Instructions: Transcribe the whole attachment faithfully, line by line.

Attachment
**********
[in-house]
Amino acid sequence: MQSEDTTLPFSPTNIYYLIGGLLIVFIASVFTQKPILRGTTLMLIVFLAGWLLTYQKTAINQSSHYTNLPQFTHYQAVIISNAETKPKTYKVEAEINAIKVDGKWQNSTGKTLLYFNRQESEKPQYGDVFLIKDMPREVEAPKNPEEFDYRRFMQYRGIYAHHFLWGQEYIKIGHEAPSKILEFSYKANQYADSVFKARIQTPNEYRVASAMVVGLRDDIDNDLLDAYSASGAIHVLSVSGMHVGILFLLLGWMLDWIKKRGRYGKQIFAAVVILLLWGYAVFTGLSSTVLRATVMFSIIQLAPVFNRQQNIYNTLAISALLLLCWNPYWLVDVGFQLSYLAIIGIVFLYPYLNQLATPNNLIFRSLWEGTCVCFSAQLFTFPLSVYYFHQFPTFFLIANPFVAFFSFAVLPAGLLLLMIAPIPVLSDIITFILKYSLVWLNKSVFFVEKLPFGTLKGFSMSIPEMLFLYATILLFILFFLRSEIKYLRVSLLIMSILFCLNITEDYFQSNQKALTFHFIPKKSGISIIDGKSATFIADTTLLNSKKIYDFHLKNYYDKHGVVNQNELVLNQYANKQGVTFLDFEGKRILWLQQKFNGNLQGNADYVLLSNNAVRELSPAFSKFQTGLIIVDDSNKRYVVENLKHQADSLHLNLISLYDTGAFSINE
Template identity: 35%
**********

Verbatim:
[in-house]
Amino acid sequence: MQSEDTTLPFSPTNIYYLIGGLLIVFIASVFTQKPILRGTTLMLIVFLAGWLLTYQKTAINQSSHYTNLPQFTHYQAVIISNAETKPKTYKVEAEINAIKVDGKWQNSTGKTLLYFNRQESEKPQYGDVFLIKDMPREVEAPKNPEEFDYRRFMQYRGIYAHHFLWGQEYIKIGHEAPSKILEFSYKANQYADSVFKARIQTPNEYRVASAMVVGLRDDIDNDLLDAYSASGAIHVLSVSGMHVGILFLLLGWMLDWIKKRGRYGKQIFAAVVILLLWGYAVFTGLSSTVLRATVMFSIIQLAPVFNRQQNIYNTLAISALLLLCWNPYWLVDVGFQLSYLAIIGIVFLYPYLNQLATPNNLIFRSLWEGTCVCFSAQLFTFPLSVYYFHQFPTFFLIANPFVAFFSFAVLPAGLLLLMIAPIPVLSDIITFILKYSLVWLNKSVFFVEKLPFGTLKGFSMSIPEMLFLYATILLFILFFLRSEIKYLRVSLLIMSILFCLNITEDYFQSNQKALTFHFIPKKSGISIIDGKSATFIADTTLLNSKKIYDFHLKNYYDKHGVVNQNELVLNQYANKQGVTFLDFEGKRILWLQQKFNGNLQGNADYVLLSNNAVRELSPAFSKFQTGLIIVDDSNKRYVVENLKHQADSLHLNLISLYDTGAFSINE
Template identity: 35%